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Wild stockpiles depth on defense and at center on day two of NHL Draft

Grand Rapids native and Mr. Hockey winner Peart highlights second day of festivities

by Dan Myers @mnwildscribe / Wild.com

ST. PAUL -- The Wild continued its run of acquiring value on Saturday, selecting the highest-ranked Minnesota-born skater with its first pick of day two. 

Grand Rapids native Jack Peart, Minnesota's Mr. Hockey this past spring, was the Wild's selection at 54th overall in the second round, making him the 15th State of Hockey native selected by the Wild in the NHL Draft, and first since New Brighton's Sam Hentges was picked in the seventh round in 2018.

"It's always been a dream of mine to play for the Minnesota Wild," Peart said. "That's the NHL team I watched growing up and for me to get drafted by them and to have a chance to play for them, it's been really special for sure."

And like Hentges, Peart will play his collegiate hockey at St. Cloud State University. While Hentges will be a senior there this upcoming season, Peart is expected to join him there as a freshman this fall.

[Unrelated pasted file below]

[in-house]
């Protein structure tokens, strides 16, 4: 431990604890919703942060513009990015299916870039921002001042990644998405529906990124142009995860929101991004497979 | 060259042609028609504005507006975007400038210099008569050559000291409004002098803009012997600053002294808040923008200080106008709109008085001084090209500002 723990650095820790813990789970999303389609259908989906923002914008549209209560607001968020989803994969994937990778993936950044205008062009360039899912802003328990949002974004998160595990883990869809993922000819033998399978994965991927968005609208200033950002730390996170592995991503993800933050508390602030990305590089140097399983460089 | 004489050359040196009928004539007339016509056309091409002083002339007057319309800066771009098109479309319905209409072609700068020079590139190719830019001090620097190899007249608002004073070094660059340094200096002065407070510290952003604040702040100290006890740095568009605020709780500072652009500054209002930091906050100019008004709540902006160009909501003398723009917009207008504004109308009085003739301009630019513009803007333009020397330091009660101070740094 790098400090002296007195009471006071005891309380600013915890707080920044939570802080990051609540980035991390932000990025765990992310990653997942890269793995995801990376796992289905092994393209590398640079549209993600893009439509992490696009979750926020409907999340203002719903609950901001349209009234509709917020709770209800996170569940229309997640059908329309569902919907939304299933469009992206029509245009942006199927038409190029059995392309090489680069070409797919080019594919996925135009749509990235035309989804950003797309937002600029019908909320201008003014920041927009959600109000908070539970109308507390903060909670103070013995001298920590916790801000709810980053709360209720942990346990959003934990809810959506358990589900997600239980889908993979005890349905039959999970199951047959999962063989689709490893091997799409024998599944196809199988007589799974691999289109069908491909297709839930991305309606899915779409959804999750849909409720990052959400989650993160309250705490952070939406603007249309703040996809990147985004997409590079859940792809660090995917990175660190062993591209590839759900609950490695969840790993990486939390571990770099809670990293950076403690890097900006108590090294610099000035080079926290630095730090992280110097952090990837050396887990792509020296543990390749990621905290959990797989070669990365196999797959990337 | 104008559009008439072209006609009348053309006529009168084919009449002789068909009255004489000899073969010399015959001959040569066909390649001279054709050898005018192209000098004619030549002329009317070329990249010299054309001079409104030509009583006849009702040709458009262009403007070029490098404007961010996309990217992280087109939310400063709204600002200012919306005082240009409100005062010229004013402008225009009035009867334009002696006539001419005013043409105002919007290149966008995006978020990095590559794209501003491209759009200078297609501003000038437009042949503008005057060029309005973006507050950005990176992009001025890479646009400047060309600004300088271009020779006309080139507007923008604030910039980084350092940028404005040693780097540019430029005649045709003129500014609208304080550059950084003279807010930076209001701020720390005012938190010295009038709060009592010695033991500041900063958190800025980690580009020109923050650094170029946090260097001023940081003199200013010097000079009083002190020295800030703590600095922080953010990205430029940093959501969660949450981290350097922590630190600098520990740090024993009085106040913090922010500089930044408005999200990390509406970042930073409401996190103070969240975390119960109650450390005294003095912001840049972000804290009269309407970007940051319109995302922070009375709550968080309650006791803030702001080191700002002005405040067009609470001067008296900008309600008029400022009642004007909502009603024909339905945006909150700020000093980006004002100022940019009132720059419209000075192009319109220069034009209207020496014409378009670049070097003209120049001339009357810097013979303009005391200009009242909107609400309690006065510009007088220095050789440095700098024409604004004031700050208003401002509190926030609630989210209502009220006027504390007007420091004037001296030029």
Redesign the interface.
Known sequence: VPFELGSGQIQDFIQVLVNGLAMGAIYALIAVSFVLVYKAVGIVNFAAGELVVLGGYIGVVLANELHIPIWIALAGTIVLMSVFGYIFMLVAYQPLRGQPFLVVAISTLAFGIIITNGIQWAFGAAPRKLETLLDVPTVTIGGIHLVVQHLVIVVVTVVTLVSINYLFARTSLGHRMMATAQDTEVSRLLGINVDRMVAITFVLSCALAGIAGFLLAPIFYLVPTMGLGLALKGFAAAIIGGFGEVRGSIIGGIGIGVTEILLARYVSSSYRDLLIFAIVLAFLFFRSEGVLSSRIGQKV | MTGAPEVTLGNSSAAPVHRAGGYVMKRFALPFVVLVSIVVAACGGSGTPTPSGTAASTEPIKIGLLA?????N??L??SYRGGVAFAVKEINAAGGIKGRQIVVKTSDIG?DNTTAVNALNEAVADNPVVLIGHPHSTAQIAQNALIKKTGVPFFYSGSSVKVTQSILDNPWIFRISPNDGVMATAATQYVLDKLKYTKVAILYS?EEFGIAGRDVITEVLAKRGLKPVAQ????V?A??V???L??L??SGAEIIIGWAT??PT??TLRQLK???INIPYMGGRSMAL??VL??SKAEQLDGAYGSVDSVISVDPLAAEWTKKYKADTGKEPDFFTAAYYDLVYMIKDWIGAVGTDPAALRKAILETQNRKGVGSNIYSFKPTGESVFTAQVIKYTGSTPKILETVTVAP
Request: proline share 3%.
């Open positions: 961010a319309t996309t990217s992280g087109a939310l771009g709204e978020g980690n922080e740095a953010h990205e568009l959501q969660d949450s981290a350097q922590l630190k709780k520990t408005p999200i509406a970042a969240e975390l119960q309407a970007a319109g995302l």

Video: Jack Peart excited to join Wild

The 27th ranked North America skater, Peart was highly thought of by the Wild's scouting staff and Director of Amateur Scouting Judd Brackett.

Brackett presented his final list of his top-39 available players to Wild GM Bill Guerin on Thursday afternoon. Peart was on it, as were the club's first-round selections on Friday, goaltender Jesper Wallstedt and defenseman Carson Lambos.

In fact, Wallstedt, Lambos and Peart were all ranked inside Brackett's top-20 players on his pre-draft list.

Tweet from @mnwild: 📍 Grand Rapids, MN Looking good, @jpeart24! pic.twitter.com/nogXO16Hlf

"He was a player that we targeted and we were really excited to see him there," Brackett said. "We thought there was a possibility [of it], but certainly with the year that he had, it was a bit of a surprise."

Peart's outstanding high school career wrapped up this year when he led Grand Rapids High School in goals (11), assists (24) and points (35) this season, en route to being named the top senior boys hockey player in the state.

"This whole year has been really cool for me," Peart said. "A lot of great experiences that have definitely helped me in my hockey career and this is another one that is hopefully going to help." 

Video: Jack Peart on being drafted by the Minnesota Wild

He sandwiched the high school season with time in Fargo playing for the Fargo Force of the USHL. He was outstanding late in the season, finishing with one goal and 14 assists overall in 24 games during the regular season. But he really picked up his play during the Clark Cup Playoffs, tallying two goals and seven points in nine postseason contests.

As a junior, Peart captained the Thunderhawks and scored 13 goals and 27 points in 25 games, setting the stage for an outstanding final prep campaign.